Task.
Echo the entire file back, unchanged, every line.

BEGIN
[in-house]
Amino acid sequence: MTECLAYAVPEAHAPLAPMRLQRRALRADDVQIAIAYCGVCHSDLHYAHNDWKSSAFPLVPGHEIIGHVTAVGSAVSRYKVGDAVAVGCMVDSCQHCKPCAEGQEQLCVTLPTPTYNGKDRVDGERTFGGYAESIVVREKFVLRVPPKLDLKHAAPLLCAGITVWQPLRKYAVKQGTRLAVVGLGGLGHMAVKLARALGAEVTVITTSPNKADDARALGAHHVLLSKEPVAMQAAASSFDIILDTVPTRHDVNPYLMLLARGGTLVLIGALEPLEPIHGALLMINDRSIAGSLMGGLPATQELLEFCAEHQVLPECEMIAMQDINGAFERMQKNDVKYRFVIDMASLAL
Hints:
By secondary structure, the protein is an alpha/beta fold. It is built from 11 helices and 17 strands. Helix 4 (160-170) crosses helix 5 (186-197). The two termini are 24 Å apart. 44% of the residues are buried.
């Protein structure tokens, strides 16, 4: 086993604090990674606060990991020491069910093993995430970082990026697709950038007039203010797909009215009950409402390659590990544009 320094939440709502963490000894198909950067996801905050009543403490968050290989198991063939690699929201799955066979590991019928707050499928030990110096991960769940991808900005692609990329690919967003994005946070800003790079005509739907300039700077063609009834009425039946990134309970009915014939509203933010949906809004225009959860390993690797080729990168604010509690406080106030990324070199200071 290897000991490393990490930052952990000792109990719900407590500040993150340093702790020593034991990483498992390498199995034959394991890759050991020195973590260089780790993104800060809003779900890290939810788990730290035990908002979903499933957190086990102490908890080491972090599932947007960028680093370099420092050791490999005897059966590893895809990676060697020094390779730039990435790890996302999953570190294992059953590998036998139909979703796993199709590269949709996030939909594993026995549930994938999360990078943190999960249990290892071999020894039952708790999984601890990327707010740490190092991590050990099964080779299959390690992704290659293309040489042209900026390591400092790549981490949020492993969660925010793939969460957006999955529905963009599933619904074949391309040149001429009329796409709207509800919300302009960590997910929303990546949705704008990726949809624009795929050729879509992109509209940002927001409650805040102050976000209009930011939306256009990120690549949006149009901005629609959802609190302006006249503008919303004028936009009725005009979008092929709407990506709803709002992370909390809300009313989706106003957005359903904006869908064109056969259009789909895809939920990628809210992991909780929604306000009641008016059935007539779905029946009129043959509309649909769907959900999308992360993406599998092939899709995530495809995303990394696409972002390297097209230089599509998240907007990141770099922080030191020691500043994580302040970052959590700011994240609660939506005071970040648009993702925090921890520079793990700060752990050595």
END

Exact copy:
[in-house]
Amino acid sequence: MTECLAYAVPEAHAPLAPMRLQRRALRADDVQIAIAYCGVCHSDLHYAHNDWKSSAFPLVPGHEIIGHVTAVGSAVSRYKVGDAVAVGCMVDSCQHCKPCAEGQEQLCVTLPTPTYNGKDRVDGERTFGGYAESIVVREKFVLRVPPKLDLKHAAPLLCAGITVWQPLRKYAVKQGTRLAVVGLGGLGHMAVKLARALGAEVTVITTSPNKADDARALGAHHVLLSKEPVAMQAAASSFDIILDTVPTRHDVNPYLMLLARGGTLVLIGALEPLEPIHGALLMINDRSIAGSLMGGLPATQELLEFCAEHQVLPECEMIAMQDINGAFERMQKNDVKYRFVIDMASLAL
Hints:
By secondary structure, the protein is an alpha/beta fold. It is built from 11 helices and 17 strands. Helix 4 (160-170) crosses helix 5 (186-197). The two termini are 24 Å apart. 44% of the residues are buried.
């Protein structure tokens, strides 16, 4: 086993604090990674606060990991020491069910093993995430970082990026697709950038007039203010797909009215009950409402390659590990544009 320094939440709502963490000894198909950067996801905050009543403490968050290989198991063939690699929201799955066979590991019928707050499928030990110096991960769940991808900005692609990329690919967003994005946070800003790079005509739907300039700077063609009834009425039946990134309970009915014939509203933010949906809004225009959860390993690797080729990168604010509690406080106030990324070199200071 290897000991490393990490930052952990000792109990719900407590500040993150340093702790020593034991990483498992390498199995034959394991890759050991020195973590260089780790993104800060809003779900890290939810788990730290035990908002979903499933957190086990102490908890080491972090599932947007960028680093370099420092050791490999005897059966590893895809990676060697020094390779730039990435790890996302999953570190294992059953590998036998139909979703796993199709590269949709996030939909594993026995549930994938999360990078943190999960249990290892071999020894039952708790999984601890990327707010740490190092991590050990099964080779299959390690992704290659293309040489042209900026390591400092790549981490949020492993969660925010793939969460957006999955529905963009599933619904074949391309040149001429009329796409709207509800919300302009960590997910929303990546949705704008990726949809624009795929050729879509992109509209940002927001409650805040102050976000209009930011939306256009990120690549949006149009901005629609959802609190302006006249503008919303004028936009009725005009979008092929709407990506709803709002992370909390809300009313989706106003957005359903904006869908064109056969259009789909895809939920990628809210992991909780929604306000009641008016059935007539779905029946009129043959509309649909769907959900999308992360993406599998092939899709995530495809995303990394696409972002390297097209230089599509998240907007990141770099922080030191020691500043994580302040970052959590700011994240609660939506005071970040648009993702925090921890520079793990700060752990050595």